It's a Monday morning in early June and comedian-actor Luenell is having breakfast at her Las Vegas home. It's a big, country repast -- scrambled eggs with cheese, avocado, sausage and bacon, rice and gravy, toast and some green onions -- because today will be busy. There's this phone interview, of course, which will take a little more than an hour, but most importantly there are things to take care of before she jets off the next morning for Oakland, Calif., where she grew up, to tape a comedy special for Netflix that is being produced by her friend Dave Chappelle and is expected to debut Sept. 26.
"We've got a lot to do here at the house to get ready before the flight to Oakland," she says.
Not that Luenell -- a publicist let us know earlier that she prefers the mononym -- is stressed; she in fact is calm and business-as-usual. Her sangfroid should come as no surprise. She's been performing for most of her life. Billed as the "Original Bad Girl of Comedy," she wields a mic and her unapologetically wicked wit while doing stand-up in clubs and theaters across the country and on comedy albums "Luenell Live! I Only Drink at Work" and "Bold, Bad & Uncut."
She has an impressive résumé of supporting roles in films including "The Rock," "That's My Boy," "Coming 2 America," "Dolemite Is My Name" (a bio-pic about Fort Smith native and comedy legend Rudy Ray Moore), "Borat" and others. On TV she's appeared on "The Middle," "Lopez," "It's Always Sunny in Philadelphia," "The Clean" and "Hacks" to name just a few.
She was part of the 2023 ABC special "Soul of a Nation Presents: Blacks in Vegas," the documentary "Phat Tuesdays: The Era of Hip Hop Comedy" and her voice-over work has been featured in "Hotel Transylvania," "Ten Year Old Tom" and more. In 2015 she was inducted into the Arkansas Black Hall of Fame.
Hers wasn't the smoothest journey to what is now a thriving show-business career. Luenell served time for stealing money from a bank where she worked and struggled with the demands of life as an actor and touring comedian while also raising her daughter, Da'Nelle, with help from Da'Nelle's father and his family.
"People are used to men going off to war, going off to work," she says. "But when mommy's not around to make sure the blanket is pulled up properly, or pat your back and make sure you get your medicine, those things are difficult."
Da'Nelle, now 27, has a dance career and is doing well, Luenell says. "We're very close. With God's help, I think I did OK."
William Lee is Luenell's manager and close friend. The two met 30 years ago when Lee was promoting comedy shows in Sacramento, Calif.
"She is one of the most lovely people I have ever known, but at the same time she's a shrewd businesswoman and is not to be messed with," he says. "She is a quality person and she keeps it super real."
Luenell, the youngest of eight children, was born in her grandfather's house in Tollette, a small community in Howard County. She wasn't there long. When she was about 2 months old she was sent to live with an aunt and uncle in Oakland.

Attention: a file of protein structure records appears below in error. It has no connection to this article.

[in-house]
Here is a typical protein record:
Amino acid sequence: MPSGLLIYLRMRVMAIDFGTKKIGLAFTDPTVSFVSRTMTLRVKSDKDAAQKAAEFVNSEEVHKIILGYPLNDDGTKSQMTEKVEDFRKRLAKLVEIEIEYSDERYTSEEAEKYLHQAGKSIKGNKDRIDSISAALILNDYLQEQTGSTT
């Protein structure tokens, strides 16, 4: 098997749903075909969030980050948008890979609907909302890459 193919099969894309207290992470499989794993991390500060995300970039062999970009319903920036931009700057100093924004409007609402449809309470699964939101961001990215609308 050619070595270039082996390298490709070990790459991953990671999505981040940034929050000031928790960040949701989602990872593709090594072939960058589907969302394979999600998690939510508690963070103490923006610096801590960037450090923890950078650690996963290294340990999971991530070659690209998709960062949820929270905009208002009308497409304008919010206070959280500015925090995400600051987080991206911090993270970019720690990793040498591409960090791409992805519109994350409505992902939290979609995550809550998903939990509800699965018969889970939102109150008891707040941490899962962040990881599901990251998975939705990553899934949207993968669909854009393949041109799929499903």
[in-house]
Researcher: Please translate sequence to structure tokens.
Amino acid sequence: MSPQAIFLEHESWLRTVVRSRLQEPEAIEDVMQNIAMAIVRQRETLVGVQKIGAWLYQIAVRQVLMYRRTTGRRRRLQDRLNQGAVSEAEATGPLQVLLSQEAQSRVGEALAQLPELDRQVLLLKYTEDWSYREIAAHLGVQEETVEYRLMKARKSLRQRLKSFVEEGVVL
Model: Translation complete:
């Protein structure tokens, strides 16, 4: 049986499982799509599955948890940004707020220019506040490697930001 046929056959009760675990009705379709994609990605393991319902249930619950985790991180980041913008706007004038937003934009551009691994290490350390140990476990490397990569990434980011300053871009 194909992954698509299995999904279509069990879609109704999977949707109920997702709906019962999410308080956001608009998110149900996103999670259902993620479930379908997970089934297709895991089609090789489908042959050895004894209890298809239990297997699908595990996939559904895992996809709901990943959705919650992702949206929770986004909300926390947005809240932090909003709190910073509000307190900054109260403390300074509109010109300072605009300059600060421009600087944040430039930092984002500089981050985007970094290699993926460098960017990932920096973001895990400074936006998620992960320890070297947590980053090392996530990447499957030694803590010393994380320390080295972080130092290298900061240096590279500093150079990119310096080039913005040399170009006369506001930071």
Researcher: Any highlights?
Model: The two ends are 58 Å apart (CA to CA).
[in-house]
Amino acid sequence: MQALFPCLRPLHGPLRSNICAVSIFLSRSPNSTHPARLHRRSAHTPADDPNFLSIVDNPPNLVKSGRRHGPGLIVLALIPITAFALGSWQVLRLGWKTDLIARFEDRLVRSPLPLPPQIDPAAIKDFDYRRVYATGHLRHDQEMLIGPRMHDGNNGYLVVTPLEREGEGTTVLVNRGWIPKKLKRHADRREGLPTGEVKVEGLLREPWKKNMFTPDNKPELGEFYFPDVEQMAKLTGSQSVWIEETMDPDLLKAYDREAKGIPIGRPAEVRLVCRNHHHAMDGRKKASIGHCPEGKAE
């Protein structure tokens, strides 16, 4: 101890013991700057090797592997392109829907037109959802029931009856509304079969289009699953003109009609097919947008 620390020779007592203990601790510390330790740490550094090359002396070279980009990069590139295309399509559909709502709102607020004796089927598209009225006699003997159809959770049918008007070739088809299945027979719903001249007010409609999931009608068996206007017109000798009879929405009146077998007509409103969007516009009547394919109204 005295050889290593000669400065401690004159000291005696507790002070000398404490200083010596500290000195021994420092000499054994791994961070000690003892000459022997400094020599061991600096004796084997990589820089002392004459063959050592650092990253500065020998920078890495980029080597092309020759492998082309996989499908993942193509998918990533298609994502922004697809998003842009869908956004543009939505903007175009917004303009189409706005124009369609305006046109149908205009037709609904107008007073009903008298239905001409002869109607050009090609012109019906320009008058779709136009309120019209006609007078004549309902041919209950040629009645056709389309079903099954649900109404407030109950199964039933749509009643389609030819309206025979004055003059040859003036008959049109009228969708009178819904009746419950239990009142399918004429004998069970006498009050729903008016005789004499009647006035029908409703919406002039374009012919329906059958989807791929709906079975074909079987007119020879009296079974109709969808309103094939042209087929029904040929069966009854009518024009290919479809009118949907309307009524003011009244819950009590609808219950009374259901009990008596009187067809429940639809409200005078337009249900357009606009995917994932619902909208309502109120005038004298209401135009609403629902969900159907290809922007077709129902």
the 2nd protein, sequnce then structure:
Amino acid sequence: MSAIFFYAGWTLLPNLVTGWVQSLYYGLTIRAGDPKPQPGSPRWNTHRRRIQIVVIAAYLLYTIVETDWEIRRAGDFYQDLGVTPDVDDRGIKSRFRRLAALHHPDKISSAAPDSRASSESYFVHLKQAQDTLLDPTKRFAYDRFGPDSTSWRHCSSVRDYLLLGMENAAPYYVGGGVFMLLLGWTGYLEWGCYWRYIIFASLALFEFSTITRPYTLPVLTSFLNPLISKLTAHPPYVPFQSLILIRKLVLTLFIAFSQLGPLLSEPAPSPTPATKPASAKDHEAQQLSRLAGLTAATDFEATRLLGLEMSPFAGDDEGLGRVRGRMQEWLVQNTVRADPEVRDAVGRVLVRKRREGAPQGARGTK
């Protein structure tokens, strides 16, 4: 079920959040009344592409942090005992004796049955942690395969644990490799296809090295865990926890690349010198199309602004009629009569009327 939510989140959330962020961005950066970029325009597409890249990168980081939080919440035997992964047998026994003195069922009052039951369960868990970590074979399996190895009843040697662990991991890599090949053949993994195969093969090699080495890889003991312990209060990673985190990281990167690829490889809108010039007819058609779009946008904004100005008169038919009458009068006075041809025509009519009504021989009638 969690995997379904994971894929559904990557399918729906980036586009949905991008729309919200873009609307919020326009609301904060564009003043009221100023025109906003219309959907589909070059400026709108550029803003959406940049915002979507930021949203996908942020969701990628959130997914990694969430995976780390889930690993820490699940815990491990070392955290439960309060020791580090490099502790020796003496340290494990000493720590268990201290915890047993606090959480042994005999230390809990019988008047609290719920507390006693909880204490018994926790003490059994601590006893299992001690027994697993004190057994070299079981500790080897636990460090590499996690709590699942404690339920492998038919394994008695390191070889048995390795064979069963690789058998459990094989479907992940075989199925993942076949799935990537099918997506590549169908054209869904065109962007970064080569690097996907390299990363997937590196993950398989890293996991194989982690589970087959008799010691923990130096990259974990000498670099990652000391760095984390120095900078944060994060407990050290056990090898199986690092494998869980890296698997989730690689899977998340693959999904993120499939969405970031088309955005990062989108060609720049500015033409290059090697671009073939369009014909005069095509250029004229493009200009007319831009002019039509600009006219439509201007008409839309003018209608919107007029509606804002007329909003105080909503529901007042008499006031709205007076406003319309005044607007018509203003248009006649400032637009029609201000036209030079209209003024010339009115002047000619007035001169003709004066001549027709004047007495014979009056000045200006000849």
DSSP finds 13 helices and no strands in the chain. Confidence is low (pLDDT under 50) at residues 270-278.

While she was still in elementary school they moved to the suburb of Castro Valley.
"I went from being in predominately mixed and Black schools to predominately white schools," she recalls. "I can't say that the atmosphere was that welcoming at first. But my charming personality and wit won everyone over."
Visiting her family back in rural Arkansas over the summers also took some adjustment.
"It was definitely a culture shock, going from California to Arkansas and being in the South," she says. "I had to deal with sharing, which I didn't have to do when I was alone. It was also in the country. It was definitely different."
She attended middle school and high school in Castro Valley and fell in love with theater and performing. It was difficult to get lead roles in school productions "for obvious reasons," she says, so she started making visits back to Oakland and joined the Oakland Ensemble Theater.
After high school she earned an English degree from what was then Cal State Hayward. She honed her TV skills on the Soul Beat Television Network, a Black-owned cable access station in Oakland, hosting a music video program, a relationship show called "Love Talk" and a talk show called "Club 37."
"It's where I got all my television training," she says. "Between that and church and doing theater, I never really had stage fright or anything like that."
She was still living in the Bay area when she landed her first film role, a small part in the 1993 Mike Myers comedy "So I Married an Axe Murderer." At the time she wasn't even a member of the Screen Actor's Guild.
"I played a cop named Cathy who worked in the police station. Because I wasn't in the union they didn't have to call me back to do the voice overdubs, so a white lady's voice is coming out of my mouth. It's pretty funny."
In the early '90s she moved to Los Angeles for the first time before going back to Oakland after it was discovered that the person who supposedly owned the house she was living in was actually a squatter. Another move to L.A. with her then-husband was also cut short. The third time she moved there alone and stayed.
She worked at banks to pay the bills and was a teller at a now-closed bank in Long Beach, Calif., when frustration over the miserly pay became too much to bear.
"You got your paycheck and it was really, really low," she says. "You work for two weeks and you get maybe $250. This was in the late '80s, early '90s, so I took some money."